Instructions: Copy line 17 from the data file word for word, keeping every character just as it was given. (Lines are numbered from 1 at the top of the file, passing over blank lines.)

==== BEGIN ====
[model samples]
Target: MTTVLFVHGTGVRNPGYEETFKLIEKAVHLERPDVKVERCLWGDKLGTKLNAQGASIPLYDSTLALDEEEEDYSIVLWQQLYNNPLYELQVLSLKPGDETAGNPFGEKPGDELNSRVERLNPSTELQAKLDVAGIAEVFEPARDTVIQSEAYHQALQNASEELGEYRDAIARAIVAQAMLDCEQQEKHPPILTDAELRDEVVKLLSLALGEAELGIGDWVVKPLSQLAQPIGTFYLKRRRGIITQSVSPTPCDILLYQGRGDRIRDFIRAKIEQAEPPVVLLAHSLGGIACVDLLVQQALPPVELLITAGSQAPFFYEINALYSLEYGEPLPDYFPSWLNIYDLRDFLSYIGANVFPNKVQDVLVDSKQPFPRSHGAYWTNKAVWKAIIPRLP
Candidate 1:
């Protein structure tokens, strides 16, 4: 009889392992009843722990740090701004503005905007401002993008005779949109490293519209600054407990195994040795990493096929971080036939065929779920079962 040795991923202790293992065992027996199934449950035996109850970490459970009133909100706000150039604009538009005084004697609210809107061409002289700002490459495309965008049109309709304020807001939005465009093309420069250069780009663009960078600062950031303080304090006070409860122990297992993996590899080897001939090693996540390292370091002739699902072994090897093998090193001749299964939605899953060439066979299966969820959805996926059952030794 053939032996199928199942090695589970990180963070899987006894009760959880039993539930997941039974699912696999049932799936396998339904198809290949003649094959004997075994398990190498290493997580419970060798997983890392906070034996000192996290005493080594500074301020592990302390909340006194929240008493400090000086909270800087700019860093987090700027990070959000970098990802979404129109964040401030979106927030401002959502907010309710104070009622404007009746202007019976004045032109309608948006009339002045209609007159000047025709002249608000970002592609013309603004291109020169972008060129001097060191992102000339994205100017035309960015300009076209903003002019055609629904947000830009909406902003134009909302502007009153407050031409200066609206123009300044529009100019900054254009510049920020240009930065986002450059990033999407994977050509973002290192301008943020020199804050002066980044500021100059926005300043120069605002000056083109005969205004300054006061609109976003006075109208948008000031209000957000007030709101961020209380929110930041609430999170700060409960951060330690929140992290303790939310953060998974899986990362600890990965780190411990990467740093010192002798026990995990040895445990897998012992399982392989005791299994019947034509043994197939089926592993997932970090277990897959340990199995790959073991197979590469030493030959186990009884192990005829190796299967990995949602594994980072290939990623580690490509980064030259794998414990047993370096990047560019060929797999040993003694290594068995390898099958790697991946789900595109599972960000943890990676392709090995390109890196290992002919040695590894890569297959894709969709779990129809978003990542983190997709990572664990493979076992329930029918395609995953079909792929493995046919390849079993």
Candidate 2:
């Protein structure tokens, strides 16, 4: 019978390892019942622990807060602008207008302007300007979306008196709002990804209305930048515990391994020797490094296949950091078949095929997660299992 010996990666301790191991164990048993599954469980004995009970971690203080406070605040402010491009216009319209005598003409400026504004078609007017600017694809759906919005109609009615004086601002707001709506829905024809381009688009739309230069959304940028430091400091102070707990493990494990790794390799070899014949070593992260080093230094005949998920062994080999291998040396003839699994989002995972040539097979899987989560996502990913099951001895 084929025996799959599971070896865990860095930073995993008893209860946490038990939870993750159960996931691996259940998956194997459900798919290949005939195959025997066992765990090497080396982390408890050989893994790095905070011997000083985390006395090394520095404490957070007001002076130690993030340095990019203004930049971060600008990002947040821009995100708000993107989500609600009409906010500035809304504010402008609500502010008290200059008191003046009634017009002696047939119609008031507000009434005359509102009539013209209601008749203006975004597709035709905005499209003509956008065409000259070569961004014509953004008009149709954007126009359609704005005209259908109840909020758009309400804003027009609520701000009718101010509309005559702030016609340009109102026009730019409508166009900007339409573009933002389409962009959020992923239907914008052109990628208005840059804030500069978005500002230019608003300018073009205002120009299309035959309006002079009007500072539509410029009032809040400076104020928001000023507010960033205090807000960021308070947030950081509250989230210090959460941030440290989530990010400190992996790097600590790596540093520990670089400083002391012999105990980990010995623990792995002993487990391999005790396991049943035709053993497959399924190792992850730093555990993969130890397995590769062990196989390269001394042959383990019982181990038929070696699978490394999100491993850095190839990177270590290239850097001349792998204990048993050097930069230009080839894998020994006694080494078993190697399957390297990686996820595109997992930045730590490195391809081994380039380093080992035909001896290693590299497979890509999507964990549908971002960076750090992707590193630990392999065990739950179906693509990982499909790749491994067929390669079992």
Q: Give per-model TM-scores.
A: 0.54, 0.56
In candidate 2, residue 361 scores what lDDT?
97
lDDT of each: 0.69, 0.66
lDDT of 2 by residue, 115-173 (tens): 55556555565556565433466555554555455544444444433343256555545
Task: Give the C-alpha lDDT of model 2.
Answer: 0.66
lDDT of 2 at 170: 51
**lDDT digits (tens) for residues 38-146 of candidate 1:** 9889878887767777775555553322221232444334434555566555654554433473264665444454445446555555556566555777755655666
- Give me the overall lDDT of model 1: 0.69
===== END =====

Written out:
- Give me the overall lDDT of model 1: 0.69